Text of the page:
Though it’s a normal human reaction to think of wildfire as a bad thing, fire’s occurrence on the landscape predates the arrival of people to the boreal forest by a long shot. The forest doesn’t function well without it.
Posted: August 21, 2012 - 4:02 pm
by Ned Rozell
Minnesota is the Land of 10,000 Lakes, but Alaska has more than that in the great expanse of flatlands north of the Brooks Range. These ubiquitous far-north bodies of water — most of them formed by the disappearance of ancient, buried ice that dimples the landscape as it thaws — make the maps of Alaska’s coastal plain look like Swiss cheese.
A large group of scientists are now taking a closer look at Alaska’s “thermokarst” lakes, some of the fastest-changing landforms on the planet.
Posted: August 14, 2012 - 8:01 pm
Fairbanks, Alaska, August 14, 2012--- Three videos detail the Unmanned Aircraft work from the University of Alaska Fairbanks (UAF). In March, Greg Walker, UAF's Unmanned Aircraft Program Manager, led research in the Aleutians. Walker flies the UAVs in just about all conditions except freezing rain which would stick to delicate equipment. “We’ve regularly flown in showers, we’ve flown in snow and 25 knot winds,” said Walker.
Posted: August 7, 2012 - 12:22 pm
by Ned Rozell
Marc Mueller-Stoffels unscrews the top of a glass jar and invites a visitor to smell the powder inside. A sniff evokes the image of kayaking Prince William Sound or walking a beach in Southeast.
“We call it ‘Instant Ocean,’” he says, returning the lid to the jar.
Mueller-Stoffels, a doctoral student in the Physics Department at the University of Alaska Fairbanks, uses the white contents of the jar — different types of salts found in seawater all over the world — to create homebrewed ocean.
Posted: July 31, 2012 - 12:31 pm
by Marie Gilbert
As the Arctic warms, greenhouse gases will be released from thawing permafrost faster and at significantly higher levels than previous estimates, according to survey results from 41 international scientists published in the Nov. 30 issue of the journal Nature.
Permafrost thaw will release approximately the same amount of carbon as deforestation, authors write. However, the effect of thawing permafrost on climate will be 2.5 times greater because emissions include methane, which is a more powerful greenhouse gas than carbon dioxide.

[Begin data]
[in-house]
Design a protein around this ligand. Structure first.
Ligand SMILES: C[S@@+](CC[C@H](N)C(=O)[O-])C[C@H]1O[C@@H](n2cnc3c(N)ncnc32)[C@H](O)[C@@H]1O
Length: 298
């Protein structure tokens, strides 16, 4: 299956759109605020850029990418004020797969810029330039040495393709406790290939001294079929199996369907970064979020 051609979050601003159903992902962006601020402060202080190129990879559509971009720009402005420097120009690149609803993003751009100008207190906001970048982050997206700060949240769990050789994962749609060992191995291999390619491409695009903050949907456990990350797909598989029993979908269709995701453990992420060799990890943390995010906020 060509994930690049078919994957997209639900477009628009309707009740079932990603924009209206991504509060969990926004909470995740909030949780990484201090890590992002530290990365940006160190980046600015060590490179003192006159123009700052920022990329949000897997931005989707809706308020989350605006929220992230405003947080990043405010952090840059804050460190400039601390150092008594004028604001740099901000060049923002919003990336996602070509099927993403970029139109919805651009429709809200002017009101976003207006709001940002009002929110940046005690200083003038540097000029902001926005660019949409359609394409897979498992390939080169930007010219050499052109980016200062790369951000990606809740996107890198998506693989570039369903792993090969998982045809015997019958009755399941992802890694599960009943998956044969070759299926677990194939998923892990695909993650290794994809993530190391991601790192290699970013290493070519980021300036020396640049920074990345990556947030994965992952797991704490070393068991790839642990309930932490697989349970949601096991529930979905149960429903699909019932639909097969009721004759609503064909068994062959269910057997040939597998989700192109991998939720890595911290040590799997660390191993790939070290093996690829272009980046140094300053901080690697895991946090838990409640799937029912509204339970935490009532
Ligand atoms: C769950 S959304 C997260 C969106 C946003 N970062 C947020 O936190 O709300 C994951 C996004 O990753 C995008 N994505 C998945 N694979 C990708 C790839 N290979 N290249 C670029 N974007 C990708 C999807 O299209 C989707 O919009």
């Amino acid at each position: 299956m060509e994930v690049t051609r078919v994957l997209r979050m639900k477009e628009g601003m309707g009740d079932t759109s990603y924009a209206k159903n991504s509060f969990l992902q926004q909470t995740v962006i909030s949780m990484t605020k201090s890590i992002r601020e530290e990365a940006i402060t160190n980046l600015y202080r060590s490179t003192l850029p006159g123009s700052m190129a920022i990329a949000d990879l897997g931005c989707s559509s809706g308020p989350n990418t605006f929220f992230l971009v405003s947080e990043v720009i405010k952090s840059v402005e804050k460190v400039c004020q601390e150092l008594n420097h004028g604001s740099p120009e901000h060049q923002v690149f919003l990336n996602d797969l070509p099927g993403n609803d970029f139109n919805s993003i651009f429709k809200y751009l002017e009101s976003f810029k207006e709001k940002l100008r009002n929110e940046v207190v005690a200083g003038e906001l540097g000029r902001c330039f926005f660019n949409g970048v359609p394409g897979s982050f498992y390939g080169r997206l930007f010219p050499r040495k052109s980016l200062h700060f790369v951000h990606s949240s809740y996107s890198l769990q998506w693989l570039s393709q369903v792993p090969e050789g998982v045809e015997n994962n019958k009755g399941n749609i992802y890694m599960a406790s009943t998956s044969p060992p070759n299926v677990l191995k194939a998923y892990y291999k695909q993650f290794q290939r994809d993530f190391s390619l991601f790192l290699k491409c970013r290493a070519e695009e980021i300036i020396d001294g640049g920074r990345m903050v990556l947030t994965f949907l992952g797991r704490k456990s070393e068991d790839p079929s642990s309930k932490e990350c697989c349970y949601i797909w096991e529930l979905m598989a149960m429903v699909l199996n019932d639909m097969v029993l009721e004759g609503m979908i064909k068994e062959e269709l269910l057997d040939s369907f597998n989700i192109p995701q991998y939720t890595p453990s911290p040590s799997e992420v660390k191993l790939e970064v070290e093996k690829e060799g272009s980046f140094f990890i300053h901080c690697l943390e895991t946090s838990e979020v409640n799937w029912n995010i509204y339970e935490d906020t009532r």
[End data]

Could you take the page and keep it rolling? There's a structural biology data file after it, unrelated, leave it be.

Posted: July 24, 2012 - 12:04 pm
by Ned Rozell
In Alan Weisman’s book, The World Without Us, the author ponders “a world from which we all suddenly vanished. Tomorrow.”
Posted: July 17, 2012 - 9:10 am
by Ned Rozell
One hundred years after the largest volcanic eruption of the 20th century, the Valley of Ten Thousand Smokes is still a moonscape of ash and volcanic rock, without a tree or shrub in sight. The valley, located on the Alaska Peninsula where the Aleutians hook on to mainland Alaska, is a silent reminder of the power and potential of Alaska’s volcanoes.
I once visited the valley
Posted: July 10, 2012 - 11:00 am
Fairbanks, Alaska, July 10, 2012--- “To this point no one has much of any terrestrial record anywhere in the Arctic older than 125,000 years ago,”
Posted: July 3, 2012 - 9:43 am
by Ned Rozell
The more Tony Fiorillo explores Alaska, the more dinosaur tracks he finds on its lonely ridgetops. The latest examples are the stone footprints of two different dinosaurs near the tiny settlement of Chisana in the Wrangell Mountains.
Fiorillo, a dinosaur hunter with the Museum of Nature and Science in Dallas, recently wrote of the foot impressions of a large plant-eater and small meat-eater in the science journal Cretaceous Research. Fiorillo is a yearly summer visitor to Alaska who seems to discover something exciting on every trip.
Posted: June 26, 2012 - 3:10 pm
by Marmian Grimes
Geologic methane is seeping through the edges of thawing permafrost and receding glaciers in Alaska and Greenland, according to a study recently published in the journal Nature Geoscience.
University of Alaska Fairbanks researcher Katey Walter Anthony led the study, which, for the first time, documents the widespread occurrence of these terrestrial sources of geologic methane seepage in the Arctic.
“They had never before been quantified and we didn’t know they were so widespread,” she said.
In the past, researchers have found that, as permafrost thaws, previously frozen organic matter like dead plants or animals decays and releases methane.
Posted: June 19, 2012 - 11:40 am
by Ned Rozell
Some places in this world are just too dirty, dull or dangerous for human pilots to fly. An airspace in the latter category is anywhere near gas flares in Alask's oil fields.
With only a few seconds of warning, flames blast high in the air from a network of pipes, releasing the stress of sucking oil from deep in the ground.
Greg Walker recently found himself taking a look these fire-breathing nozzles near Prudhoe Bay, but he was barely close enough to see them from where he stood. He instead watched a "flying king crab" that buzzed around flaming flare heads 50 feet above the ground.
The 2.5-pound flying machine captured video and five-megapixel images of the flares and their support pipes, some of them jacked by frost and needing repair.
Posted: June 12, 2012 - 4:30 pm
Laura Nielsen for Frontier Scientists
Speeding over Arctic sea ice, small remote-controlled aircraft snag video footage and high-definition shots of endangered Steller Sea Lions in their natural habitat. Quiet and unobtrusive, the machines can serve as Special Op.s for researchers. Low-altitude remote sensing using Unmanned Aerial Vehicles (UAVs) has vast potential... and we're only beginning to explore it.
Posted: June 5, 2012 - 11:34 am
Fairbanks, Alaska, June , 2012--- “So our job is to get it out there, get exposure to the technology, get people to understand its benefits and its limitations. And see how it can solve their problems.”